Ill Nino – Til Death, La Familia



Chances are if you’ve followed mainstream metal in the past 15 years or so that you will have seen many a band come, many a band go and many stick around trying to re-create their previous success. Back in the early 2000’s Latin metallers Ill Nino were a regular feature of the scene, their first album Revolution Revolucion (Roadrunner) garnering them more than a few fans. Cut to the present day and Ill Nino are still alive and kicking, although their latest album isn’t quite as alive or kicking as the band themselves as Till Death, La Familia (Victory) leaves a feeling of indifference.

Starting with ‘Live Like There’s No Tomorrow,’ the song doesn’t give off the sense of urgency the title suggests it should have, the cries of “live like there’s no tomorrow” falling flat. After this, things do improve but only sporadically, with tracks such as the aggressively melodic ‘Not Alive In my Nightmare’ standing alongside such bland affairs as ‘Blood Is Thicker Than Water.’ It’s a running theme throughout the album with the good songs only really turning up in the middle section of the LP, which may be a bit too late for some listeners. ‘Pray I Don’t Find You,’ a slow starting but ultimately menacing track is one of the pick of the bunch, as its quick instrumental work and hostile shouts combine to create something very much worth listening to. Following number ‘World So Cold’ keeps up the angry entertainment, while ‘Dead Friends’ is yet another contender.

The problem, however, is that Till Death, La Familia doesn’t have enough of the above types of songs. Dull in some places and great in not many others, the results are an album that gives no real reason to listeners to draw them to keep coming back. Of course, there are a few tracks that you should hear but even these aren’t strong enough to warrant purchasing this album as for all but the most ardent of Ill Nino fans Till Death, La Familia is far from being a must have in your music collection.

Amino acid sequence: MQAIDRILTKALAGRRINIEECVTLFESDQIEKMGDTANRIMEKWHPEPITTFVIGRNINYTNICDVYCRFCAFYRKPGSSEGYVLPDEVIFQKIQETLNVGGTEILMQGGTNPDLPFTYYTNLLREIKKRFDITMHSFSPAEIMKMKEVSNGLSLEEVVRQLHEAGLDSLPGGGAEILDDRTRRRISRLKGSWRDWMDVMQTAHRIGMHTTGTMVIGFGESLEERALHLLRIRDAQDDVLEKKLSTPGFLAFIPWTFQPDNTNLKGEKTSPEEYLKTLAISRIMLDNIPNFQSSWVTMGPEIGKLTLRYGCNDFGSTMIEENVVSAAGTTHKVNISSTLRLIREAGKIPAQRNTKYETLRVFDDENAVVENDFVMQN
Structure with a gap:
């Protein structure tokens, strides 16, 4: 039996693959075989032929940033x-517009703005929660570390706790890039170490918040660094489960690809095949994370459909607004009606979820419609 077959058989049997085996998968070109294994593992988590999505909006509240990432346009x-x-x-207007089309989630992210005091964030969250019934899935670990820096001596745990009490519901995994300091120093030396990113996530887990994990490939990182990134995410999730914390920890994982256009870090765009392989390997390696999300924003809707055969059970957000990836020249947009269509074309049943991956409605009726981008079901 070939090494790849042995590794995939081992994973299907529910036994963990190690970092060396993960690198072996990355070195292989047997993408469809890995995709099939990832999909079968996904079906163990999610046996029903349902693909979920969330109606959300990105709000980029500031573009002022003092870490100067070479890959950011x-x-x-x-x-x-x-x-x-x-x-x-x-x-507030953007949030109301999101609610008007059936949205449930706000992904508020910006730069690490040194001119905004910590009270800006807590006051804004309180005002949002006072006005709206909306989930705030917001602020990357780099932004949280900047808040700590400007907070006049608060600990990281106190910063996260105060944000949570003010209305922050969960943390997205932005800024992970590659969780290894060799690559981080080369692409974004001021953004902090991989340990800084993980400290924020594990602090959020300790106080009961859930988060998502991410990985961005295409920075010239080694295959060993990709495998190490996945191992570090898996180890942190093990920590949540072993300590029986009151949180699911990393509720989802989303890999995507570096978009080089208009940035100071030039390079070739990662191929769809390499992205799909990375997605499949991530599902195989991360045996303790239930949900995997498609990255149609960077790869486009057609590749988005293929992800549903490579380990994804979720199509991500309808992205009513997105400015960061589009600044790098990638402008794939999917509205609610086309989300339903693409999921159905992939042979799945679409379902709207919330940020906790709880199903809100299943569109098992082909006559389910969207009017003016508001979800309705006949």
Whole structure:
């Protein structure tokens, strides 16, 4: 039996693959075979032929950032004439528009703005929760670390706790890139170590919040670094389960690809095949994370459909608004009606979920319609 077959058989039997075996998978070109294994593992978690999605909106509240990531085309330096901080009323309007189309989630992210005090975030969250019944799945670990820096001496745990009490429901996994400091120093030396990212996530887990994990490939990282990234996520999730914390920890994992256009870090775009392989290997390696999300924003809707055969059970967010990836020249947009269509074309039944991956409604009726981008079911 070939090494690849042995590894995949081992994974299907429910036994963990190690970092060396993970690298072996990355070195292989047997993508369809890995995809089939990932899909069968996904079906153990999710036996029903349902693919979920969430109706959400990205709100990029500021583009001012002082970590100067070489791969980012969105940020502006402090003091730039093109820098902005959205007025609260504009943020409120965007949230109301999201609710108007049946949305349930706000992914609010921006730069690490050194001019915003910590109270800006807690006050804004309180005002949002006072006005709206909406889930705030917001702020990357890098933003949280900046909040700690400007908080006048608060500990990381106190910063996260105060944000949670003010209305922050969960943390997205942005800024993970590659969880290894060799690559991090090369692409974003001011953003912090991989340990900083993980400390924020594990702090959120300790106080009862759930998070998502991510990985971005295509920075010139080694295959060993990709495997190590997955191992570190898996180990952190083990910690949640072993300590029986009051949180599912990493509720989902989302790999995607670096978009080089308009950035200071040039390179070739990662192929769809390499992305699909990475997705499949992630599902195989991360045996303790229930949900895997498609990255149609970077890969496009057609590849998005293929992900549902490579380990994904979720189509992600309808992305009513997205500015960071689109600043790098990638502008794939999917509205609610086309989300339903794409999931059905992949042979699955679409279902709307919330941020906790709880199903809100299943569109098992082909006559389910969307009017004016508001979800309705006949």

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Islander – Violence and Destruction



For a new band just getting started, garnering praise from musicians in the industry is a major benefit. More than just a stroking of the ego, these types of recommendations can help to build hype around an artist as fans of the famous admirer take note of what their musical hero is saying. Islander are a band who have been given such praise, with H.R. from punk legends Bad Brains and Sonny Sandoval from nu-metallers P.O.D. lapping up the foursomes brand of alternative rock/metal.


However, just because they like it doesn’t mean everyone will, and when it comes to their debut album, Violence and Destruction (Victory), that certainly rings true.


A mixture of heartfelt lyrics and nu-metal/alt-rock tones, Islander’s first full-length is a grower not a shower, with some tracks neither showing nor really growing. A mixture of the two, opener ‘Counteract,’ an angst-ridden metal affair and ‘The Sadness of Graves,’ an aggressive but melodic track, set a high standard from the off but not everything that follows is cut from the same entertaining cloth. ‘New Wave,’ ‘Count Dracula’ and ‘Cold Speak’ are half-decent almost sombre tracks with sincere lyrics but lack anything to really make them stand out, while songs such as the zealous ‘Side Effects of Youth’ and creative ‘Pains’ show a different, more musically passionate side to the band, a side which is much more entertaining to hear.